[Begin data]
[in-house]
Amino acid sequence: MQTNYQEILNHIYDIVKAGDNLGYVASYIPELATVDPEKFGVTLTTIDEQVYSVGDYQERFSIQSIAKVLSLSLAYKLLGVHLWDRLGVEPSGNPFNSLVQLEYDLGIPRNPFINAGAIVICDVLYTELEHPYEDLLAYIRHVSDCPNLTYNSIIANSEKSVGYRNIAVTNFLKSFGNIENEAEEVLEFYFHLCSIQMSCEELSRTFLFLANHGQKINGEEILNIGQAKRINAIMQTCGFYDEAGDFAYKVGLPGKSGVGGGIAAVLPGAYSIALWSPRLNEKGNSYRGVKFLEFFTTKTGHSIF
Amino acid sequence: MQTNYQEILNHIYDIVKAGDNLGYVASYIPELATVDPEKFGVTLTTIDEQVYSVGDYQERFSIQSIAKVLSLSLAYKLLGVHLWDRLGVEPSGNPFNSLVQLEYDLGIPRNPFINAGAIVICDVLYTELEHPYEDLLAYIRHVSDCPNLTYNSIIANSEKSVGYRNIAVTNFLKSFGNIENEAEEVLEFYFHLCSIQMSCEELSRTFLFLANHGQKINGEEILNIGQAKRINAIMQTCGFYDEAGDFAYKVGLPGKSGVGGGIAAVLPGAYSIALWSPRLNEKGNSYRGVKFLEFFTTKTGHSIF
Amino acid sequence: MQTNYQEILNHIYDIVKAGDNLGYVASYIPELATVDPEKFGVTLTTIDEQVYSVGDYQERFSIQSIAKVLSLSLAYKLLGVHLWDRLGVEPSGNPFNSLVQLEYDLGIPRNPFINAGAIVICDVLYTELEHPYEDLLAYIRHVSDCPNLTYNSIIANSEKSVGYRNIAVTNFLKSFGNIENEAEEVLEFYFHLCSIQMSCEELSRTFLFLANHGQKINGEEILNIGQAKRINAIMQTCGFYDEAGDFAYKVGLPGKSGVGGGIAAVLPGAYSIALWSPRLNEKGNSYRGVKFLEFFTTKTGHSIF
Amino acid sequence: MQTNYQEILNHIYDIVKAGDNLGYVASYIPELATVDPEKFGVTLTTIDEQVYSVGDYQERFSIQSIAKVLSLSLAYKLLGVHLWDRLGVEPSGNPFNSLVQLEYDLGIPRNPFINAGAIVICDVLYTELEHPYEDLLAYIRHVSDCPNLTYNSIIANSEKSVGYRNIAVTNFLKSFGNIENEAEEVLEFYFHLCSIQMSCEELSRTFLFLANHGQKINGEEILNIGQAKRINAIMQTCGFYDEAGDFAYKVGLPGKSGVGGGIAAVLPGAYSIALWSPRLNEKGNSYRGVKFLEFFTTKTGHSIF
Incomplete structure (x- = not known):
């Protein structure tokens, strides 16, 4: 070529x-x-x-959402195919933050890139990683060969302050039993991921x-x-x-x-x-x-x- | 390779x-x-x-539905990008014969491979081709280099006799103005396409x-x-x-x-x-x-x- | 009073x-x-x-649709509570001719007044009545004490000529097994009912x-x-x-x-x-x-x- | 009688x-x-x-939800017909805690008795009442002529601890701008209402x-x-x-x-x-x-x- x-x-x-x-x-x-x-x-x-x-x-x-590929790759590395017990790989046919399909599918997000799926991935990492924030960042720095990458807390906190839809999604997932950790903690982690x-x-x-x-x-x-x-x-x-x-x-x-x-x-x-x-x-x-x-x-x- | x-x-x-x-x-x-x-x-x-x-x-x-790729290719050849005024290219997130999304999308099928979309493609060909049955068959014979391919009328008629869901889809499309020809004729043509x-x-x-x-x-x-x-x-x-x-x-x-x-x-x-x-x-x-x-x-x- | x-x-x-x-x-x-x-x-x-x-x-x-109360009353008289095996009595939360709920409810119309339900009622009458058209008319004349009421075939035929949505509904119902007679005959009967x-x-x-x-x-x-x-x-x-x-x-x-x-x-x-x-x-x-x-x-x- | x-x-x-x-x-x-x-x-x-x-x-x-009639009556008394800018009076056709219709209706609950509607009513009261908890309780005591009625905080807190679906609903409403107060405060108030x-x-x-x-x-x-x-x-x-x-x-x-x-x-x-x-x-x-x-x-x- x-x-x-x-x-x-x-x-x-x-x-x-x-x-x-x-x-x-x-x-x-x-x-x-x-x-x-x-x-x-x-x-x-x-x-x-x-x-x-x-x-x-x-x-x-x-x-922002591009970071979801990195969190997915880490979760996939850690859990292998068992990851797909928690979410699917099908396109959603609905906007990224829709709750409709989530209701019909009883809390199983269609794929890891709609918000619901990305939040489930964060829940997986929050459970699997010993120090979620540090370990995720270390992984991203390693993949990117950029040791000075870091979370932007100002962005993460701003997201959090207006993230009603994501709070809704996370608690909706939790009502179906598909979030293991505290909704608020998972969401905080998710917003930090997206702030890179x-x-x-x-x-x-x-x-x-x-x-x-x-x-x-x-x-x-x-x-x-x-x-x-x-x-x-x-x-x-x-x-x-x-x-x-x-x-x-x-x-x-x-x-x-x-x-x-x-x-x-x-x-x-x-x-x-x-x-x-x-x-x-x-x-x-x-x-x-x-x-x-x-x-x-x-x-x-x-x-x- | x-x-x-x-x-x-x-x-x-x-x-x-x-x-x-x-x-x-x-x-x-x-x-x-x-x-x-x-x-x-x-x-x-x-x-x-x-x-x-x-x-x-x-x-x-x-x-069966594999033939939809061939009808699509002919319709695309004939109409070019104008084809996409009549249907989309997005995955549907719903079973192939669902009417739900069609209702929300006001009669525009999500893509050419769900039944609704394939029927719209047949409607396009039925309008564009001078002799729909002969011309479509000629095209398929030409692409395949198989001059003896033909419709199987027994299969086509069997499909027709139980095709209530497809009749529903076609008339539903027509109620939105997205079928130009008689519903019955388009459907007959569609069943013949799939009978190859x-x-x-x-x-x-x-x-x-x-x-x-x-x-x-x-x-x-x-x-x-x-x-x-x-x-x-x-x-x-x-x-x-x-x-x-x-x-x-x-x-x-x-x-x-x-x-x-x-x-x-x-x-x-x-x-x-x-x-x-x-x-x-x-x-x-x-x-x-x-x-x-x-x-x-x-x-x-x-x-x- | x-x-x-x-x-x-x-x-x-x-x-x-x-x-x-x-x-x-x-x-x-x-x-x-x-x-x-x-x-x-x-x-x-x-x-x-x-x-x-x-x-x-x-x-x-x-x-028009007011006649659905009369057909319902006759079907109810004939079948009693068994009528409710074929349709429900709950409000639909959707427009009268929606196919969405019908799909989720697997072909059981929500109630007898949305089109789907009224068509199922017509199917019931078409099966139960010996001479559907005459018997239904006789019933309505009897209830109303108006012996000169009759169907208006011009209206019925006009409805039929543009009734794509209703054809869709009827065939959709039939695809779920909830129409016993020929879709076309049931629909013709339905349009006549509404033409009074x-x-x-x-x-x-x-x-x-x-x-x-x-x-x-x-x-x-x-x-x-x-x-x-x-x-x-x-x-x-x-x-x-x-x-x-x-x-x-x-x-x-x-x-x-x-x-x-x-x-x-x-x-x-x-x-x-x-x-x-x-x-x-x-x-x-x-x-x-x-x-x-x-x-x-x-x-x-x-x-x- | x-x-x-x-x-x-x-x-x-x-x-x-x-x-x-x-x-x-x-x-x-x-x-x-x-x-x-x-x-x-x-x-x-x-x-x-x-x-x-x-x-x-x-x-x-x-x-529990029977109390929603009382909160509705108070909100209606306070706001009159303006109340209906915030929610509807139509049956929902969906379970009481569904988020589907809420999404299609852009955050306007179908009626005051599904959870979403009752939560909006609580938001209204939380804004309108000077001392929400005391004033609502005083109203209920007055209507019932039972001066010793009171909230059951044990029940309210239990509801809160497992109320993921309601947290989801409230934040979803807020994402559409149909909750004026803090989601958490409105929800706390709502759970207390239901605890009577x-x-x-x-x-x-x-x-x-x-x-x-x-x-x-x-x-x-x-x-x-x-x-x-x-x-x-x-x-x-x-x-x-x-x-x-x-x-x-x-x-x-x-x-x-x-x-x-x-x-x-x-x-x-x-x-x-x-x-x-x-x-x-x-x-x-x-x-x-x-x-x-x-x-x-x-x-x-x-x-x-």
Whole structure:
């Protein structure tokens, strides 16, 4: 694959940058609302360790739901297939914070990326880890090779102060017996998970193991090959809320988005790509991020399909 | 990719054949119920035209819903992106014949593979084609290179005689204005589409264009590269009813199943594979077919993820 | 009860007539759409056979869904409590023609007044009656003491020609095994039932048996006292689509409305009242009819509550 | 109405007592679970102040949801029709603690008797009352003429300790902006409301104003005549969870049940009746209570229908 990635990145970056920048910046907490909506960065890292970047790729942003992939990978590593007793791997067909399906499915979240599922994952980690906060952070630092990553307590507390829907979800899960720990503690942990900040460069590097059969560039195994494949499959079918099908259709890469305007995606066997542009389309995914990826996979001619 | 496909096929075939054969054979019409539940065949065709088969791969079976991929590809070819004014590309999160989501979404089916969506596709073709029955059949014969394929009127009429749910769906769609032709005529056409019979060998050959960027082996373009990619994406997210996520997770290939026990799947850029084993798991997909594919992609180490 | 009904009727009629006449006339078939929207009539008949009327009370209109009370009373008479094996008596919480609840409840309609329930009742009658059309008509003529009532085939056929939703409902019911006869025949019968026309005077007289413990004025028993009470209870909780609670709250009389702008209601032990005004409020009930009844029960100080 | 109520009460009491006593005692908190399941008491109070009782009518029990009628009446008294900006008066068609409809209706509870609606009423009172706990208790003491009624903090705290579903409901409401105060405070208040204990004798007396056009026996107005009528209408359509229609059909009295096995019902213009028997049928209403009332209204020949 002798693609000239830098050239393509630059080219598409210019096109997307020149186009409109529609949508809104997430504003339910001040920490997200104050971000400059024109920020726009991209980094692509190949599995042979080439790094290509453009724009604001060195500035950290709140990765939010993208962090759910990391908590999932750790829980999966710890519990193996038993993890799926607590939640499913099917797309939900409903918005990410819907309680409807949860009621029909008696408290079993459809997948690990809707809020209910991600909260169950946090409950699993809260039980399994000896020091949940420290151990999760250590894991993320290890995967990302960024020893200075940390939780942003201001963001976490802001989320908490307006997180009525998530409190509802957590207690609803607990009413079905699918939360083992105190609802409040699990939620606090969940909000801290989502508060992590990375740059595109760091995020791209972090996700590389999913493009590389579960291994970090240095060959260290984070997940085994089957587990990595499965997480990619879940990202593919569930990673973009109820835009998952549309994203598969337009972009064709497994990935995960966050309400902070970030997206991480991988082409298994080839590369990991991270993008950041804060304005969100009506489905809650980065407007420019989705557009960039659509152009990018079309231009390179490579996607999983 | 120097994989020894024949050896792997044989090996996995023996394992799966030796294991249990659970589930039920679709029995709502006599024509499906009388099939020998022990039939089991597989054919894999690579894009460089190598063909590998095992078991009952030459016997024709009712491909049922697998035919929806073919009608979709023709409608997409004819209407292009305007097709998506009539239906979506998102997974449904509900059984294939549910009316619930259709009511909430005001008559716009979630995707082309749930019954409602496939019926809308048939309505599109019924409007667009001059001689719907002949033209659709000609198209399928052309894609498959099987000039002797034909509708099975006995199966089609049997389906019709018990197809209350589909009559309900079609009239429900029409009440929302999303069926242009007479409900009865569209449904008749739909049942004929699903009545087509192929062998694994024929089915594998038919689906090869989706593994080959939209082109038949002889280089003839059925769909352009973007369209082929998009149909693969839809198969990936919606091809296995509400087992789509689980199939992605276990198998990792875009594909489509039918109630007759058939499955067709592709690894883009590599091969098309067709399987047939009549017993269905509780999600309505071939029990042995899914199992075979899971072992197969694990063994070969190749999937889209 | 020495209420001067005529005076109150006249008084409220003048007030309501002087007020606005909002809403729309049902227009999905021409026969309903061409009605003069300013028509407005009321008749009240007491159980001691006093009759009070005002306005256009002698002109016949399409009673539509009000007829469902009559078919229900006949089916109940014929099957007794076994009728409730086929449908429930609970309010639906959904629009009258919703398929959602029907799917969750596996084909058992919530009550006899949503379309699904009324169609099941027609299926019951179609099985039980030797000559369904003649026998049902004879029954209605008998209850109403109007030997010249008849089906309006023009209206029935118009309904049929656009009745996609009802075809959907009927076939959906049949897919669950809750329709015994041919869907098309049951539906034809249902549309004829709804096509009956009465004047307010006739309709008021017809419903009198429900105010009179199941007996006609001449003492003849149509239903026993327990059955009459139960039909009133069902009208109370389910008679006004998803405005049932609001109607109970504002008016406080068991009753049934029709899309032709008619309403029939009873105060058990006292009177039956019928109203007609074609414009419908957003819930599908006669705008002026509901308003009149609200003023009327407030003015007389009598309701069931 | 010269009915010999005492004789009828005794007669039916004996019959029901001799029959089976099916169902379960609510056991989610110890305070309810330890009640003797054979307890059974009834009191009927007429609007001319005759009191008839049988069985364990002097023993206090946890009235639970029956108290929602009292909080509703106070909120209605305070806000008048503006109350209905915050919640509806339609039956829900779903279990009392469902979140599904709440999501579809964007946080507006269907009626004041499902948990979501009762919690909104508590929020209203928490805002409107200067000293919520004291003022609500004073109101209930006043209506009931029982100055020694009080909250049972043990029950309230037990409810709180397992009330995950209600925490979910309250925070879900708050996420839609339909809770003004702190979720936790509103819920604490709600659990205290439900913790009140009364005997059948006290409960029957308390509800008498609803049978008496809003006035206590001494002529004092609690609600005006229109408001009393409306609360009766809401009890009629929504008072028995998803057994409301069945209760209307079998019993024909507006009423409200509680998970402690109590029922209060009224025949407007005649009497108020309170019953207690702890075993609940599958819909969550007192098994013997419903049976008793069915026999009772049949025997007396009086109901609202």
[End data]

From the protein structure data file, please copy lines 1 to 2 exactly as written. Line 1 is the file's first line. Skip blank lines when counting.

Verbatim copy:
[in-house]
Amino acid sequence: MQTNYQEILNHIYDIVKAGDNLGYVASYIPELATVDPEKFGVTLTTIDEQVYSVGDYQERFSIQSIAKVLSLSLAYKLLGVHLWDRLGVEPSGNPFNSLVQLEYDLGIPRNPFINAGAIVICDVLYTELEHPYEDLLAYIRHVSDCPNLTYNSIIANSEKSVGYRNIAVTNFLKSFGNIENEAEEVLEFYFHLCSIQMSCEELSRTFLFLANHGQKINGEEILNIGQAKRINAIMQTCGFYDEAGDFAYKVGLPGKSGVGGGIAAVLPGAYSIALWSPRLNEKGNSYRGVKFLEFFTTKTGHSIF